Lee Dewyze first garnered a national audience when he auditioned for, and then went on to win, American Idol season nine. But his passion for writing and making music began years before that. He told us, “I was writing music, and performing for years before making an appearance on the show. American Idol was just my way of getting myself out there, because I wanted to write and make music for a living. It is my passion.”
His passion is now resonating in hit singles like “Black Bird Song” which he wrote for tv show, The Walking Dead and “Weight“, which aired in the season finale of CBS’ Elementary in 2016. This all solidified for Lee by inking a deal with SONGS Publishing this past June, 2017.
As icing on the cake, Lee plans to release new music starting with a single, released Friday entitled, “The Breakdown“, available on both Spotify and iTunes. We caught up with him this week and he graciously took a few minutes to discuss everything, from taking the American Idol stage, to his success now as a prominent and sought after songwriter.
Marian: Since first breaking into the national music spotlight in 2010 and winning American Idol, how would you say you and your artistry have evolved or changed?
Lee DeWyze: I believe as an artist, I’m always growing. I don’t ever want to settle or become complacent with what it is I’m doing musically. What drives me to evolve and grow is constantly challenging myself to surprise myself, and fans with my music. To say “I’m going to make music like this…” or “I am this kind of artist…”, inhibits what I’m doing in the studio and draws invisible boundaries around what I can and cannot do.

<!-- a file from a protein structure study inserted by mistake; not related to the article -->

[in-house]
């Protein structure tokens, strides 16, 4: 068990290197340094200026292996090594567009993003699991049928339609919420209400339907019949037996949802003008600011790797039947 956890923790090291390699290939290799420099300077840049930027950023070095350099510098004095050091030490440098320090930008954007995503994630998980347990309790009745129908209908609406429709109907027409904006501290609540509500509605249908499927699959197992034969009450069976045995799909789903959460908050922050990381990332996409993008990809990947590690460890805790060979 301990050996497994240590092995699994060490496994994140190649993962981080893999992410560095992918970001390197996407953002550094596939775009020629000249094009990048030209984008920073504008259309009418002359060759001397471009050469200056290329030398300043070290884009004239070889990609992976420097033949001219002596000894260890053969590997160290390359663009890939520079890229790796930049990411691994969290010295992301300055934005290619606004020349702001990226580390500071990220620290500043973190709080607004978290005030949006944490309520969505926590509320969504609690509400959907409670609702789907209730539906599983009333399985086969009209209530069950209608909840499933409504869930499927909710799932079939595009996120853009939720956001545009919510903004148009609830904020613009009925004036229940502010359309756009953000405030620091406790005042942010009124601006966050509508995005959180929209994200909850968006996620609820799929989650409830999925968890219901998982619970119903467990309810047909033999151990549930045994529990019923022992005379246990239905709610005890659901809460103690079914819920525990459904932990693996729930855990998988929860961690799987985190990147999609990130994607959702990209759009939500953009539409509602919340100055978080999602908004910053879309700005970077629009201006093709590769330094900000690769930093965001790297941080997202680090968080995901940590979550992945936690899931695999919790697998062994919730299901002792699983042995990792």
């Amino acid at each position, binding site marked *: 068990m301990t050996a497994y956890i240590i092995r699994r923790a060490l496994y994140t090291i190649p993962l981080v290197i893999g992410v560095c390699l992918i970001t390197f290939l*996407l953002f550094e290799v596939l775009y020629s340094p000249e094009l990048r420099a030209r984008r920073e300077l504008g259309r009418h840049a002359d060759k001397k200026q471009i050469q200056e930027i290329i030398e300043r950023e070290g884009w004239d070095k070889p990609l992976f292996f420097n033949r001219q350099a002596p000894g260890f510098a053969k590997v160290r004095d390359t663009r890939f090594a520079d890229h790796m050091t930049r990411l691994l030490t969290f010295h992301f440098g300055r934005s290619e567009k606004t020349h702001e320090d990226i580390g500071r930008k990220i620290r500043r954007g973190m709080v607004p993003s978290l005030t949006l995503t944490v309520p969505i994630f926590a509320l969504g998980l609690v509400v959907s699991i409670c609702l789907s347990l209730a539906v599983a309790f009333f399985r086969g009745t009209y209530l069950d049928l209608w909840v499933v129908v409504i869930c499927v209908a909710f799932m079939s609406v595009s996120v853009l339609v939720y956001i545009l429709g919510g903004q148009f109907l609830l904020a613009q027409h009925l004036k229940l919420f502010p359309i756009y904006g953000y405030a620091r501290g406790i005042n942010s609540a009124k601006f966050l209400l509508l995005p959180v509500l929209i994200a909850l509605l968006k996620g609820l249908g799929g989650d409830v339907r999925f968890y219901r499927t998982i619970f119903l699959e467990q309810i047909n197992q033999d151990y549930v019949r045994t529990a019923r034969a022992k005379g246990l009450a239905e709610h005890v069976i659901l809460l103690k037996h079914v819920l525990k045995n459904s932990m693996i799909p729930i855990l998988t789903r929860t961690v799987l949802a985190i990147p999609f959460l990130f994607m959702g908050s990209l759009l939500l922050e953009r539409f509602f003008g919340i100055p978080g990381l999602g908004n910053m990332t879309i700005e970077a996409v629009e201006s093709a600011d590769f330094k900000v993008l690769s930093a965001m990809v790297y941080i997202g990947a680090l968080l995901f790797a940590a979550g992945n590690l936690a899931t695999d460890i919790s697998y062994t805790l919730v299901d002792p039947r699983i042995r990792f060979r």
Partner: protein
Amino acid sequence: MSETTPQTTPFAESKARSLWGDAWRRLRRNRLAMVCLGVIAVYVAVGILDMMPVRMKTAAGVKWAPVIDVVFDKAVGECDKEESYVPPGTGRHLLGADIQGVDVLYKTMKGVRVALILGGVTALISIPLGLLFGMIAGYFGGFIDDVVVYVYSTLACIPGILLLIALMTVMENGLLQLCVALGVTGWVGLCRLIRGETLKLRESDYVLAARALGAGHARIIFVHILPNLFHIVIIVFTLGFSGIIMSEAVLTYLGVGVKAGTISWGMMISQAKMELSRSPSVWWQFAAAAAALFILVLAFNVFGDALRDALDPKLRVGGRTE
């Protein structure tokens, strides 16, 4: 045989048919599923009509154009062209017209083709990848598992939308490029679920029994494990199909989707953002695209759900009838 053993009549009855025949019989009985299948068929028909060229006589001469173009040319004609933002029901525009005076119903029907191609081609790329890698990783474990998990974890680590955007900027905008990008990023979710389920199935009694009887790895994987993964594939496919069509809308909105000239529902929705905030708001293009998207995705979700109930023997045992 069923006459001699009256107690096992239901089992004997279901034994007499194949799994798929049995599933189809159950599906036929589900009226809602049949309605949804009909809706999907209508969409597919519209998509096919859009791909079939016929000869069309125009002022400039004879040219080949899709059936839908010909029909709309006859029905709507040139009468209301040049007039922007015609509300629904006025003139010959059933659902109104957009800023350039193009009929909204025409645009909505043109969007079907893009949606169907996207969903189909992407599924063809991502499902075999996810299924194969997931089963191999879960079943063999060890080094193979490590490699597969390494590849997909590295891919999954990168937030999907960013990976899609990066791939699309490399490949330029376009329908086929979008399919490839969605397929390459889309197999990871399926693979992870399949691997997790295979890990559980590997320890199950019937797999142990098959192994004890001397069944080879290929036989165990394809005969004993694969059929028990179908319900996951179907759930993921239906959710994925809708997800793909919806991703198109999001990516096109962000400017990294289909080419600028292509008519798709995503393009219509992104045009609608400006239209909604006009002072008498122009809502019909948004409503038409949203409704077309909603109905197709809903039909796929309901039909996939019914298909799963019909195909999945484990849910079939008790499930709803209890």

My new music definitely reflects where I’m at creatively right now. Songwriting is at the core of what I do and who I am. Telling stories and sharing experiences whether it be mine, someone else’s, or just a thought in my head has always been the constant. I love drawing a listener into the song. Whether it be on the recording or live, It has been very exciting to perform and share my new music starting with the release of my new single “The Breakdown”.
M: Let’s talk about your new single “The Breakdown”. What can you tell me about the story behind it? Is it personal?
LD: “The Breakdown” is not a story so much about a single event, as much as it is about the mental and emotional process one’s mind and heart goes through whilst dealing with the fear of losing something or someone important to them. It’s about preparing for the inevitable, coming to realizations, and opening up your eyes. There is no mention of a he or she, him or her. It can really be from any point of view and can mean what it means to each individual listener. As far as it being from personal experience? I guess that’s something only I’ll ever know :)! I will say it has been incredible to see what the song has meant to different people. I think that’s the power of music and the beauty of this song.
M: Do you have plans to release more new music this year? If so, when can fans expect it?
LD: There is definitely a plan to release more music this year. “The Breakdown” was just the beginning in the next chapter of what I’m doing musically right now. I have quite a few songs I’ve recorded in the past year or so and fans can expect more new music over the next few months.
M: What is your writing process like? Has it changed over time?